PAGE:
|China is planning on a surge in biofuels, especially biodiesel. Click to enlarge.|
China, already the world’s third largest ethanol producer, is planning on a dramatic expansion of its production and use of biofuels for transportation from about 1 million tonnes of ethanol and biodiesel in 2005 to 12 million tonnes in 2020. Twelve million tonnes of biofuels would represent about 15% of the transportation fuel pool in 2020.
In China, diesel consumption is twice that of gasoline. Therefore, of that 12 million tonnes of biofuels, China wants biodiesel to represent 8 million (about 2.4 billion gallons US), according to a recent report by the USDA Foreign Agricultural Service. With biodiesel production in 2005 at only 100,000 to 200,000 tonnes (30 million to 60 million gallons) that represents at least 3,900% growth in 15 years.
|Chinese consumption of diesel and gasoline. Click to enlarge.|
In 2005, China produced 920,000 tonnes of ethanol, 80% of that from corn. This year, corn is expected to provide 90% of the feedstock. Industrial consumption of corn in China represents 20% of the total corn demand, and of that, ethanol production accounts for 40%. The expansion of ethanol production to 4 million tonnes by 2020 would force China to become an importer of corn, absent a role for other feedstocks or production processes, according to the report.
The USDA report notes that sugarcane, sugar beets and wheat are unlikely feedstocks for the Chinese ethanol industry, although sorghum and cassava have potential. The ethanol industry will look long-term to cellulosic ethanol.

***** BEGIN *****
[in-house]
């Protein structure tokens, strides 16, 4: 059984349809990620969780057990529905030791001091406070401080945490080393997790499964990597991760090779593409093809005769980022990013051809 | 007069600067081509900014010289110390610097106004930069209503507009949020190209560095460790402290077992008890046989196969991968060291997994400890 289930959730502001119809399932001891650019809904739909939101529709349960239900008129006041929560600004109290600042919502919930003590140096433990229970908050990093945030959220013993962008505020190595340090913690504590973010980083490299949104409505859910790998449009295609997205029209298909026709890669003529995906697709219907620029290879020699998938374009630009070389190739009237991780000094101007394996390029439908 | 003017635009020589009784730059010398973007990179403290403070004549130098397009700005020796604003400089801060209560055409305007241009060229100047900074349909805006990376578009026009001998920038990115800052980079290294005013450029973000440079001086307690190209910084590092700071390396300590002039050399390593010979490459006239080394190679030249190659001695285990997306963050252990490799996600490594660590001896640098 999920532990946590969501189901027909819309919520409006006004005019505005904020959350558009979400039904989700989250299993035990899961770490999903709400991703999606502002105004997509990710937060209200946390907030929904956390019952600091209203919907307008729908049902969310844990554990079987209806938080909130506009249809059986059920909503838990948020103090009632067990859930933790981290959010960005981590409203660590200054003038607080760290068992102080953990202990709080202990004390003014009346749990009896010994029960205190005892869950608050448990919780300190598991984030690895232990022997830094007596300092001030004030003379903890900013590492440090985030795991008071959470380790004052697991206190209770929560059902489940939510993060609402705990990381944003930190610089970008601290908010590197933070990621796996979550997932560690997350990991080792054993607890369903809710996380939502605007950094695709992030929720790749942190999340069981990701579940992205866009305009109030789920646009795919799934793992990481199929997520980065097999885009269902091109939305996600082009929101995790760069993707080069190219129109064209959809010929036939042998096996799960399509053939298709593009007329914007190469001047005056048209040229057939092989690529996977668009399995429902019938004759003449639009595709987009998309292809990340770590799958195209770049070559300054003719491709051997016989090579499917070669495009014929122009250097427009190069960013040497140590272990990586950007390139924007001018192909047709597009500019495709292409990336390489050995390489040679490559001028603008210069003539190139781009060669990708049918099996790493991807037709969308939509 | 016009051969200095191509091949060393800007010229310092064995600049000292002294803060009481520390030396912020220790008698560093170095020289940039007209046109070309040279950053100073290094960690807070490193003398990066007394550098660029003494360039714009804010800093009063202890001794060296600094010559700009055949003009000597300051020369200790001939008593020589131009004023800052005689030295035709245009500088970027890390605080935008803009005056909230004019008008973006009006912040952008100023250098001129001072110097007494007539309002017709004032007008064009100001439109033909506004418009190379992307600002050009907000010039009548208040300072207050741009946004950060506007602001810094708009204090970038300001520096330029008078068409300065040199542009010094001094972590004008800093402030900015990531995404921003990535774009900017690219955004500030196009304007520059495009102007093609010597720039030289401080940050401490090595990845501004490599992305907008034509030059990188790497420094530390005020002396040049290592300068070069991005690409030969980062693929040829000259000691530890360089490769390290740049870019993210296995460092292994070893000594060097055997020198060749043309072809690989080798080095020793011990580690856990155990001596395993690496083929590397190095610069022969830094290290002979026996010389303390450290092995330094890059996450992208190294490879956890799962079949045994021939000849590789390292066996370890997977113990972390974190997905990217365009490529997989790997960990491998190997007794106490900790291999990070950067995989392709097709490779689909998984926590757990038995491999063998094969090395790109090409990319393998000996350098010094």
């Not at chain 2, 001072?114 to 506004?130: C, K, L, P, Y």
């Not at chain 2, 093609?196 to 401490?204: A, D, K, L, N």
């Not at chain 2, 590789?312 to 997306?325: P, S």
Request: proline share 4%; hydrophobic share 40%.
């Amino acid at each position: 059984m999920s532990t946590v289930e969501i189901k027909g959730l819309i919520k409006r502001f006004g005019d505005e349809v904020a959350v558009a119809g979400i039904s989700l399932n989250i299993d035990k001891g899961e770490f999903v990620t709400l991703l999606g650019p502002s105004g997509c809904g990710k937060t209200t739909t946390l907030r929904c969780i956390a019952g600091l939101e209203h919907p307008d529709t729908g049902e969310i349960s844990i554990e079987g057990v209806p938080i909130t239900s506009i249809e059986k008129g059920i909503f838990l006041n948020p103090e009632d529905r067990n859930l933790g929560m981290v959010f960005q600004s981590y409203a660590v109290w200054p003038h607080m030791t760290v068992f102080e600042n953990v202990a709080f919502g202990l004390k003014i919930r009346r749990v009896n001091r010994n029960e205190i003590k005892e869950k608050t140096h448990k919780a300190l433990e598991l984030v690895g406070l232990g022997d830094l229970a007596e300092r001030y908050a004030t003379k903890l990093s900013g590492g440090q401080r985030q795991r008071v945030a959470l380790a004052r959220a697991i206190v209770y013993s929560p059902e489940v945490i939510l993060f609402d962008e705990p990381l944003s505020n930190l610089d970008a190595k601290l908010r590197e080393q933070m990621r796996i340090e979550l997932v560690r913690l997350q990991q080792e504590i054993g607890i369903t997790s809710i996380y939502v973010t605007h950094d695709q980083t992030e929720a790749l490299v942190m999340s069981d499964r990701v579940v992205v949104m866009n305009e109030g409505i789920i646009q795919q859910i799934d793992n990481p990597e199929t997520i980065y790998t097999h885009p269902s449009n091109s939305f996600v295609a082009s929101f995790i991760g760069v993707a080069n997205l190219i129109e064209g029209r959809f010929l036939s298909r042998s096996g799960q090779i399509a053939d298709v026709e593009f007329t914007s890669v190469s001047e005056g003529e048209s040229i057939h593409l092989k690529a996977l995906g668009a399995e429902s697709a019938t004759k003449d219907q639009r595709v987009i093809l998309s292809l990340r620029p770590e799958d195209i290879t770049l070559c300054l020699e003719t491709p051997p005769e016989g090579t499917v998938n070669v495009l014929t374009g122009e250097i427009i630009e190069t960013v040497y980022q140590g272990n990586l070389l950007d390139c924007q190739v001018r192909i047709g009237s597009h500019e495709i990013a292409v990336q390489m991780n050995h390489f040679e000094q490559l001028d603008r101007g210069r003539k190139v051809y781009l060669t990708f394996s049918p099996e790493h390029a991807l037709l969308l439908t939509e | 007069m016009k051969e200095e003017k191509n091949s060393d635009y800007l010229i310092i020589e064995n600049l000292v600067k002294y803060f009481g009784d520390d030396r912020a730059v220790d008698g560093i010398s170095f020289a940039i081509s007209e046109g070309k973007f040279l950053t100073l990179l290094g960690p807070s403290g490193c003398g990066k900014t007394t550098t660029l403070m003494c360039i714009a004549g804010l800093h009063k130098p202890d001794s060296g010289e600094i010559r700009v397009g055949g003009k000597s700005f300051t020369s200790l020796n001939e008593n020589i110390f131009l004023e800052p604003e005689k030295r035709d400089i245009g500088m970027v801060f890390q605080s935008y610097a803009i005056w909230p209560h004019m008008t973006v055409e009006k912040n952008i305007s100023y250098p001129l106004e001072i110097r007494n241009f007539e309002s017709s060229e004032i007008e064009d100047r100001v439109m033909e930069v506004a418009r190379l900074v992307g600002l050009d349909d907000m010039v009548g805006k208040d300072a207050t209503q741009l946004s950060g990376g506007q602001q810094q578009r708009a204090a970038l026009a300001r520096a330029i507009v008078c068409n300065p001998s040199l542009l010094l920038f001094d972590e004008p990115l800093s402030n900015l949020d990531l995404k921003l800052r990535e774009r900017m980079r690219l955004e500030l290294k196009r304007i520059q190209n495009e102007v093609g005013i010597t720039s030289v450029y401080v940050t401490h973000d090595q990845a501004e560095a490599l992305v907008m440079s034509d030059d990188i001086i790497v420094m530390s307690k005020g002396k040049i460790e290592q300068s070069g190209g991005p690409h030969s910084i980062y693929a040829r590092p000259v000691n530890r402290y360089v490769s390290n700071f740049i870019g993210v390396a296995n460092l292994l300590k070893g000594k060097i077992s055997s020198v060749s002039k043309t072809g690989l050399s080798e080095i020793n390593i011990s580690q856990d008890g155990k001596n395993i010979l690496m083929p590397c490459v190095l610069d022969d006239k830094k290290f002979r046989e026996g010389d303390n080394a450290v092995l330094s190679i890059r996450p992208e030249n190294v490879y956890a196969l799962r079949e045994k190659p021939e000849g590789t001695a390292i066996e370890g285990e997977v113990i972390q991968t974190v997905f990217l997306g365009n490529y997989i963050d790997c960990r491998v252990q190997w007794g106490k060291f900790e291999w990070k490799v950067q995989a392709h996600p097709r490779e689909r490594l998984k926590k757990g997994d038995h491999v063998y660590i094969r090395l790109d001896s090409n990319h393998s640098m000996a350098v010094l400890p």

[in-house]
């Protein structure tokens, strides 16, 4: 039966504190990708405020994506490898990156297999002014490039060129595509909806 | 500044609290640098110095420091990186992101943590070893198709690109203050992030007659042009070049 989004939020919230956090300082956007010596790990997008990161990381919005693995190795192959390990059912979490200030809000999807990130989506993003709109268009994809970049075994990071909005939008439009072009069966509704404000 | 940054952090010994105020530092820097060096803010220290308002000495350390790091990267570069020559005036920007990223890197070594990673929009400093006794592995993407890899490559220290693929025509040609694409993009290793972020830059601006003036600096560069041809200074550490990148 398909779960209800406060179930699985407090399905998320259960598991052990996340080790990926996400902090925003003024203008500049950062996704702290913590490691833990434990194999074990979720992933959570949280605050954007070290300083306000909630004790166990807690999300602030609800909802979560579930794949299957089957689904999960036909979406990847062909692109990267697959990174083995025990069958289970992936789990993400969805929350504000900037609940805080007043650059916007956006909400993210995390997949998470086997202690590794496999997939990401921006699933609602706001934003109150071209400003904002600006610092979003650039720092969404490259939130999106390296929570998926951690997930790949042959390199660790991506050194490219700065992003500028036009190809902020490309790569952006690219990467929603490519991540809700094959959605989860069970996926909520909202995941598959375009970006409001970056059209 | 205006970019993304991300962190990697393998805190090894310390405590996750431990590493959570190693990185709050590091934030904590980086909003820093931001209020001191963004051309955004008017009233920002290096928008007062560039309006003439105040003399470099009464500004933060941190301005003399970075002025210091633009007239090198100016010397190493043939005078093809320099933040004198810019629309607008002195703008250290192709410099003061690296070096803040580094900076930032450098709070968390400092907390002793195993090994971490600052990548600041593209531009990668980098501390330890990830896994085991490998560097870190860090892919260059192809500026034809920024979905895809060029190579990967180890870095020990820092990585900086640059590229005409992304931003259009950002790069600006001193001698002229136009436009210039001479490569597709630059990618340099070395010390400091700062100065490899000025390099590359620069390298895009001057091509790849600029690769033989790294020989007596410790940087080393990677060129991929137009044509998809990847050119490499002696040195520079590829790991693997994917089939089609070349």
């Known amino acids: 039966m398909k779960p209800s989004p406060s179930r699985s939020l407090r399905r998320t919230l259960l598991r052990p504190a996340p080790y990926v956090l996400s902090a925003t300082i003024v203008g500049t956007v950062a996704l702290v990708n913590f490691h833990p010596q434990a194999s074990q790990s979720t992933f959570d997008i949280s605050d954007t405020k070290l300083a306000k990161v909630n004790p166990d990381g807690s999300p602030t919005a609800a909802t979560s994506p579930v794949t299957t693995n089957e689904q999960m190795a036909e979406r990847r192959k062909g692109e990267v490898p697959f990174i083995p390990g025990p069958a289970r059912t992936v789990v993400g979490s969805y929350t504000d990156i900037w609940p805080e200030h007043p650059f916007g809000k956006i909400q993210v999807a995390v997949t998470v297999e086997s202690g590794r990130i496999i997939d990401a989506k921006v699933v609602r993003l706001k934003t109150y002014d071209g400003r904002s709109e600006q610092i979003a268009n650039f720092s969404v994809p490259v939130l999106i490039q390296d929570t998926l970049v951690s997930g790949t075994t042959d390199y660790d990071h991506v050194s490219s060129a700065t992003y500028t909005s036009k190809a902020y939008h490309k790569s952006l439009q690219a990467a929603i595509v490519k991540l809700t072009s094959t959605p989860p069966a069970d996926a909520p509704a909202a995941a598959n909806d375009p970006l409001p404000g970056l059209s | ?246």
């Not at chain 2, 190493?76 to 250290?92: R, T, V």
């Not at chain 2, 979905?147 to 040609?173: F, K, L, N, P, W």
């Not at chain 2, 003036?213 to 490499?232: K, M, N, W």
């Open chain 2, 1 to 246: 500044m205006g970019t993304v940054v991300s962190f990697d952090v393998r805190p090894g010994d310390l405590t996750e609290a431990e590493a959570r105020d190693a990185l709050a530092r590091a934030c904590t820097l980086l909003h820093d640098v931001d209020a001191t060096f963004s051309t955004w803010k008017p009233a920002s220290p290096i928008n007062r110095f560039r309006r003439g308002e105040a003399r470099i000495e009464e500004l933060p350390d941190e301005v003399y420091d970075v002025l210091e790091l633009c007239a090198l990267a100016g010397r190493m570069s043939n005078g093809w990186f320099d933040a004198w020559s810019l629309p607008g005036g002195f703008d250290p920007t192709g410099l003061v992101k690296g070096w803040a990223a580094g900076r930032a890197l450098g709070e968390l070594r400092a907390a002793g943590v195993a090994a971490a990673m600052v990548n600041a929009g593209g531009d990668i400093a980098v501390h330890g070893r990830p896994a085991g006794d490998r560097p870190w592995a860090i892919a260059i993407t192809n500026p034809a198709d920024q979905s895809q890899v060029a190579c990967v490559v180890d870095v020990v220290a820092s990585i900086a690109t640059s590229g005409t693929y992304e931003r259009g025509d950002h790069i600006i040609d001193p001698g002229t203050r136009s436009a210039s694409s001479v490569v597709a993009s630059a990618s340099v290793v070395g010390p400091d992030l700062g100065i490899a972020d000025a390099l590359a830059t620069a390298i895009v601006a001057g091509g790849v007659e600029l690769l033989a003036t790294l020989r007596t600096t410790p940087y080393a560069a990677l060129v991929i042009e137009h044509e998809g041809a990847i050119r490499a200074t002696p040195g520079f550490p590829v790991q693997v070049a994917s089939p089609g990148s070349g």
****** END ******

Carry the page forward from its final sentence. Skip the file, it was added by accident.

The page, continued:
Generally, cellulosic ethanol is not commercial viable, but China will test this with the first cellulosic ethanol production plant up and running by 2008. [Earlier post.] When viable, in China, most production plants will retrofit current ethanol production plants for lignocellulose production.
Although the potential demand for biodiesel in China is enormous—as is reflected in the goal for 2020—China’s primary difficult it the lack of eligible feedstocks.
China is a net importer in all the major edible vegetable oils, the largest importer in the world. Coupled with the lack of fatty organic matter, the lack of land upon which new crops could grow exacerbates the difficulty of biodiesel production.
...Biodiesel’s future in China relies on three key factors:
Government support and NDRC defining a clear plan for expansion, not only for biodiesel production, but also for the harvesting of NGB crops.
Research and development to solidify technologies for production.
Defining and obtaining key organic sources for production. Potentials inputs include rapeseed, Jatropha nuts, switchgrass, sunflower seeds, Chinese pistachio, peanuts, sesame seeds, Barbados nuts, Fufang vines, Yousha bean, and Chinese dogwood nuts.
Rapeseed, the report notes, is a promising oilseed for biodiesel and is a potential source of biodiesel production for China. If rapeseed were planted during the off-season in the more than 29 million hectares left fallow in the central region of China (in the regions surrounding the Yangtze River, the Yellow River, and the Huai River) the harvest could produce more than 18.5 million MT of biodiesel.
China is also exploring Jatropha and Chinese pistachios, other oil plants, for potential biodiesel sources.
Biofuel development will impact on food self-sufficiency and food security, which has slowed the Chinese government’s development of the biofuel sector...If ethanol production remains as profitable as it is at present, the cultivation of crops for ethanol could displace food crops, reducing food production.
...If biofuel production and consumption continues in China, China may soon see a change in its trade balance. Already there has been a change in trade trends in biofuel feedstock such as corn, wheat, sugar, and cassava. China’s corn exports will begin to diminish, and various industry sources predict that China will become a net corn importer by 2008.
China, Peoples Republic of: Bio-Fuels, An Alternative Future for Agriculture 2006 (GAIN Report Number: CH6049)